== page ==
Students, professors delve into Syrian crisis

Felipe De La Hoz/WSN

With the Syrian crisis in its fourth year, students and professors gathered at the Kimmel Center for University Life on April 8 to discuss the implications of the conflict.

Zachary Lockman, professor of Middle Eastern and Islamic studies and history, was critical of the international response to the crisis during his presentation at the event.

“[The Syrian Civil War] is a huge humanitarian disaster and one which the international community has not been effective in facing,” Lockman said.

Lockman discussed the background of the Syrian conflict and the history of the modern Syrian state. After his presentation, he answered questions from the audience and discussed the possible outcomes of the war.

The United States could probably not play a large role in ending the crisis, Lockman said.

“[The United States] can give more aid to the rebels, but that’s only going to raise the level of bloodshed, I suspect, and the United States is not about to send in the marines, and that would be a disaster anyway,” Lockman said. “There doesn’t seem to be a military solution here on any side it seems to me that the first priority is to find a way to address this humanitarian catastrophe.”

The event, which was co-sponsored by the Muslim Student Associations of NYU and the Polytechnic School of Engineering, was part of the annual Shuruq theme month, which aims to educate students about Muslim life, culture and politics.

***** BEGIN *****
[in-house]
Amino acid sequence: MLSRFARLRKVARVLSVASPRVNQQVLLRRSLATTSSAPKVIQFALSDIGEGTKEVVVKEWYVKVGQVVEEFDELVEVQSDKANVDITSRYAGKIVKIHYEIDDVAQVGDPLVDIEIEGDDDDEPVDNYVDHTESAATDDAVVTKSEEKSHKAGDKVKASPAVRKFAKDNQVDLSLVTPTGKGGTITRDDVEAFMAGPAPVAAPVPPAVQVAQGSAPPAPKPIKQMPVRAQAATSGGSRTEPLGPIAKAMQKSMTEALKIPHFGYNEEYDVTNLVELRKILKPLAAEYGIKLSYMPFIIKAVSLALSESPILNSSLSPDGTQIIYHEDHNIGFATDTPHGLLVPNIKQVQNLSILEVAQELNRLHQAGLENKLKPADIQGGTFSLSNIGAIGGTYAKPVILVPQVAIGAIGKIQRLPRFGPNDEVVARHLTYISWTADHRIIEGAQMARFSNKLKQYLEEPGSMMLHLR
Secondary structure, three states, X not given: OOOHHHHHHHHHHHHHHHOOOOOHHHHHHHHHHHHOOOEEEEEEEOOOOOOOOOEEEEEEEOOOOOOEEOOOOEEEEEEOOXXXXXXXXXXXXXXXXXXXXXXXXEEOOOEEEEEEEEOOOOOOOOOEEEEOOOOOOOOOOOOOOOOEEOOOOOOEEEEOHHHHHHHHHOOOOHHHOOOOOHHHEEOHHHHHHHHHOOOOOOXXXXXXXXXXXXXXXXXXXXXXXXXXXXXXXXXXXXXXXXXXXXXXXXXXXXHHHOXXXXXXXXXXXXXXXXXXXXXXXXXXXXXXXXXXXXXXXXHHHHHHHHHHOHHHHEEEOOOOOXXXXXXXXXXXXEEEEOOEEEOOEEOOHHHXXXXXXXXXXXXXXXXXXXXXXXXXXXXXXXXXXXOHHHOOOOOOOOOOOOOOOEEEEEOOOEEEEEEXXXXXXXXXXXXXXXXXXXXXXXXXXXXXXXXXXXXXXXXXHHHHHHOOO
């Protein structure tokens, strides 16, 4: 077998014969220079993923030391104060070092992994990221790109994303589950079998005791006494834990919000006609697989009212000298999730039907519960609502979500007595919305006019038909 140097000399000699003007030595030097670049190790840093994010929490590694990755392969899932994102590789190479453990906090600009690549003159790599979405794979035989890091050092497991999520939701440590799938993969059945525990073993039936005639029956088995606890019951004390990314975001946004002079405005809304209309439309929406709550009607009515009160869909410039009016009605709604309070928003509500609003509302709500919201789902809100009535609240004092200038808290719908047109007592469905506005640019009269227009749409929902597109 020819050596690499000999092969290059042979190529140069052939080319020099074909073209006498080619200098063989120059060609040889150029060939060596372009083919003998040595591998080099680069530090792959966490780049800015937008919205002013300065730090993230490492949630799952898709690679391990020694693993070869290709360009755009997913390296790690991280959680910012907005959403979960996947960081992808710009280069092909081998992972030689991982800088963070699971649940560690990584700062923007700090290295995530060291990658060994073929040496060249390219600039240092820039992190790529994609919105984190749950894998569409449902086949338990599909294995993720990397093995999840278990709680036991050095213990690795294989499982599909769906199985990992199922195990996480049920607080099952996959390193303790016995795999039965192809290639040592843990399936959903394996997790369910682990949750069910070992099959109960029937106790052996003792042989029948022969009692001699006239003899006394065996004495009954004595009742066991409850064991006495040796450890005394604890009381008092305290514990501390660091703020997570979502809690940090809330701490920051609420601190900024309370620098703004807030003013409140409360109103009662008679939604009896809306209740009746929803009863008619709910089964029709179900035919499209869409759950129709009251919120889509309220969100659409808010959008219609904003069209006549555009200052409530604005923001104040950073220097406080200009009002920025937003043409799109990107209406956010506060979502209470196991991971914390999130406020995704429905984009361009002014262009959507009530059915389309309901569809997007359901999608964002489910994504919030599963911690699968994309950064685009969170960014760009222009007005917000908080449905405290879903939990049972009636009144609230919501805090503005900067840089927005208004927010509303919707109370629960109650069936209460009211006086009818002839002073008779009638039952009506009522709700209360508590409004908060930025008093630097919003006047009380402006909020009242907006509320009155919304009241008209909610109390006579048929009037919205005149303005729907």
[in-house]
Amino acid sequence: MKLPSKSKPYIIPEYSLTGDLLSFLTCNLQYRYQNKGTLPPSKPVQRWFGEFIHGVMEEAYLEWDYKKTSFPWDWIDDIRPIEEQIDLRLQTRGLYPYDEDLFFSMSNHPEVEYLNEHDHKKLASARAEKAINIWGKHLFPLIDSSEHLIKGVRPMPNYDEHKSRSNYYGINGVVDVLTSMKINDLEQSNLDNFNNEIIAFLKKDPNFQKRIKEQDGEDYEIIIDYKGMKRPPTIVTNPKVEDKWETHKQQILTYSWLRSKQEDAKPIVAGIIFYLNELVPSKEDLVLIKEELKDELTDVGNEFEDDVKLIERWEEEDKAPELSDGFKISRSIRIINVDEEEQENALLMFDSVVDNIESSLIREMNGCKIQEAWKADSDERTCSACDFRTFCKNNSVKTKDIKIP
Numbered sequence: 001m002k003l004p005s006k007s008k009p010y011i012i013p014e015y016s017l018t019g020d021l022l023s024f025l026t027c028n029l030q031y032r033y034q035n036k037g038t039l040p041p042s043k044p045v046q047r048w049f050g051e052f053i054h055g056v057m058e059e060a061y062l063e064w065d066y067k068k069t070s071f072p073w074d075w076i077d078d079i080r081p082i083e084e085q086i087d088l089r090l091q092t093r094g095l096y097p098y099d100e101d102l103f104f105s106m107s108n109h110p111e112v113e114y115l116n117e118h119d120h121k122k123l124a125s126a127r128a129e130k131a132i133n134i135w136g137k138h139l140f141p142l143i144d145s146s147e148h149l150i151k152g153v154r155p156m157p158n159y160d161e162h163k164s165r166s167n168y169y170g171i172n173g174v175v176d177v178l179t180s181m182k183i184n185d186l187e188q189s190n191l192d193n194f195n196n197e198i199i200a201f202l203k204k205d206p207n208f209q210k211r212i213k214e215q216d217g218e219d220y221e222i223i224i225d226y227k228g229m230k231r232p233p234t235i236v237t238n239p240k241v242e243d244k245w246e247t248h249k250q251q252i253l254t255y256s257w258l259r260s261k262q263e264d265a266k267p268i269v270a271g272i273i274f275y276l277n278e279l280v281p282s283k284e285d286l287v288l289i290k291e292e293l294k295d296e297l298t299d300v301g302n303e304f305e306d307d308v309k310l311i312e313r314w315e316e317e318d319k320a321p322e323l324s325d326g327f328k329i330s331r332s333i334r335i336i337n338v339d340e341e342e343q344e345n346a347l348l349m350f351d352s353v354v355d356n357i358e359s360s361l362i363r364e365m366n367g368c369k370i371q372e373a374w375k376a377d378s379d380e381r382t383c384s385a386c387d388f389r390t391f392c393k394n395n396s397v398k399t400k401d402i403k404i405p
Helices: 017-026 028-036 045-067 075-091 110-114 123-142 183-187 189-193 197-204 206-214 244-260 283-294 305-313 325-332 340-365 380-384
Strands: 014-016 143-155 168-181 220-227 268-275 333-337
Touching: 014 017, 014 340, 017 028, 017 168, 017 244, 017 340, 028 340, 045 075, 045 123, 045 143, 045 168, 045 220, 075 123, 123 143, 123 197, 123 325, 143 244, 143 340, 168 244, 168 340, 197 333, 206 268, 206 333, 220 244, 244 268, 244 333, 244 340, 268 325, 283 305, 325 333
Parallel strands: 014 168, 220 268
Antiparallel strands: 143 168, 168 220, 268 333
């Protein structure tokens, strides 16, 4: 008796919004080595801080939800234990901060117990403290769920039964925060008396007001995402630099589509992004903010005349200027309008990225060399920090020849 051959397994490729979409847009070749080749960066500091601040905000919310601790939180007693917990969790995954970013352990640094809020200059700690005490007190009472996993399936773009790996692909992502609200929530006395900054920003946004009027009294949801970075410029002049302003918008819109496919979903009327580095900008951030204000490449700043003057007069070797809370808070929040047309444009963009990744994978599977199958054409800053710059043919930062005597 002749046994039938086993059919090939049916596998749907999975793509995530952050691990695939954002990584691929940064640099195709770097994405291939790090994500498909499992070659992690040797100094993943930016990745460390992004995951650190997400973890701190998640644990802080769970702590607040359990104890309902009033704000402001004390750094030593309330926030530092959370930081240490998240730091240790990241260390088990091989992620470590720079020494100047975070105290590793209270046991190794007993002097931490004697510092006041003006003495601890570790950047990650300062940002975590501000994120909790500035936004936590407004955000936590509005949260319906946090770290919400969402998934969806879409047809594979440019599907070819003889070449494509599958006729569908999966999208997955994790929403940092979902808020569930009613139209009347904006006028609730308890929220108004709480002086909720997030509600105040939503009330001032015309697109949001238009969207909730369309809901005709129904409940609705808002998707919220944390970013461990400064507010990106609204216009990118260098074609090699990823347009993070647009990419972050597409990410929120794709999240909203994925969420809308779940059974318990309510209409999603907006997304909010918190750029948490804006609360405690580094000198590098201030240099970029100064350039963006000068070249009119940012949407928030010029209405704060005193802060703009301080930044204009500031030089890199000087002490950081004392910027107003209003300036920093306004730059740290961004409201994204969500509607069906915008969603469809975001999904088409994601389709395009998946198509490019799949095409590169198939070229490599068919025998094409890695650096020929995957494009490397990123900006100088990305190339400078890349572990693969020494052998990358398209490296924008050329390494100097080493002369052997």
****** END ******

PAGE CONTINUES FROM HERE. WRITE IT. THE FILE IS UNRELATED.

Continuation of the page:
CAS junior and volunteer event coordinator Zohaib Anwar said this event was meant to increase awareness of the ongoing crisis in Syria and the humanitarian issues it poses.

“We want to have an awareness of the world around us and we want to know what’s going on,” Anwar said. “In general, Islam is about helping people. We have to keep track of everything that’s going wrong in the world and see what we can do about it.”

Hunter College senior Iram Ali, who attended the event, agreed about the importance of the issue and said that it merits discussion, even for non-Muslims.

“I don’t see the Syrian issue as necessarily a Muslim one,” Ali said. “It’s a humanitarian issue and people should know about it because of the millions of people being displaced or killed.”

Later this month, the Shuruq group plans to have a number of other events, including the Muslim-Christian dialogue today and the Muslim Palette food tasting on April 14.

A version of this article appeared in the Wednesday, April 9 print edition. John Ambrosio is a staff writer. Email him at [email protected]